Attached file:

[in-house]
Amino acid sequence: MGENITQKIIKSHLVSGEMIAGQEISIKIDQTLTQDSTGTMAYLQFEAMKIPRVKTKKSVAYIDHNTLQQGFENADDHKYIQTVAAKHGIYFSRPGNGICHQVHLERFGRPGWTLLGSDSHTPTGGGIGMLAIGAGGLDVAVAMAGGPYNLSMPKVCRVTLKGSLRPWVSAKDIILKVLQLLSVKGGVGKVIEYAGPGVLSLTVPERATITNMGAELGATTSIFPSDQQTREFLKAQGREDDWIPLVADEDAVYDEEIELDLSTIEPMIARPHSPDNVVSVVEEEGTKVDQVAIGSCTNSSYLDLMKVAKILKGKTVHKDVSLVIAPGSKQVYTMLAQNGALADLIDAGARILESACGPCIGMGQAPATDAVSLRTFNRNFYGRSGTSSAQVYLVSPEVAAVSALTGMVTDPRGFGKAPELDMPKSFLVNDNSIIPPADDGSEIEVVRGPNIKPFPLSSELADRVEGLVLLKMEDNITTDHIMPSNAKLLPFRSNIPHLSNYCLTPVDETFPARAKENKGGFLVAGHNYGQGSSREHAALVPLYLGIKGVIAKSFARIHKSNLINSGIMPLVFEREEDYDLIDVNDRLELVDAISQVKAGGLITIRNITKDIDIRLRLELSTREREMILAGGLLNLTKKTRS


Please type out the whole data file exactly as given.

[in-house]
Amino acid sequence: MGENITQKIIKSHLVSGEMIAGQEISIKIDQTLTQDSTGTMAYLQFEAMKIPRVKTKKSVAYIDHNTLQQGFENADDHKYIQTVAAKHGIYFSRPGNGICHQVHLERFGRPGWTLLGSDSHTPTGGGIGMLAIGAGGLDVAVAMAGGPYNLSMPKVCRVTLKGSLRPWVSAKDIILKVLQLLSVKGGVGKVIEYAGPGVLSLTVPERATITNMGAELGATTSIFPSDQQTREFLKAQGREDDWIPLVADEDAVYDEEIELDLSTIEPMIARPHSPDNVVSVVEEEGTKVDQVAIGSCTNSSYLDLMKVAKILKGKTVHKDVSLVIAPGSKQVYTMLAQNGALADLIDAGARILESACGPCIGMGQAPATDAVSLRTFNRNFYGRSGTSSAQVYLVSPEVAAVSALTGMVTDPRGFGKAPELDMPKSFLVNDNSIIPPADDGSEIEVVRGPNIKPFPLSSELADRVEGLVLLKMEDNITTDHIMPSNAKLLPFRSNIPHLSNYCLTPVDETFPARAKENKGGFLVAGHNYGQGSSREHAALVPLYLGIKGVIAKSFARIHKSNLINSGIMPLVFEREEDYDLIDVNDRLELVDAISQVKAGGLITIRNITKDIDIRLRLELSTREREMILAGGLLNLTKKTRS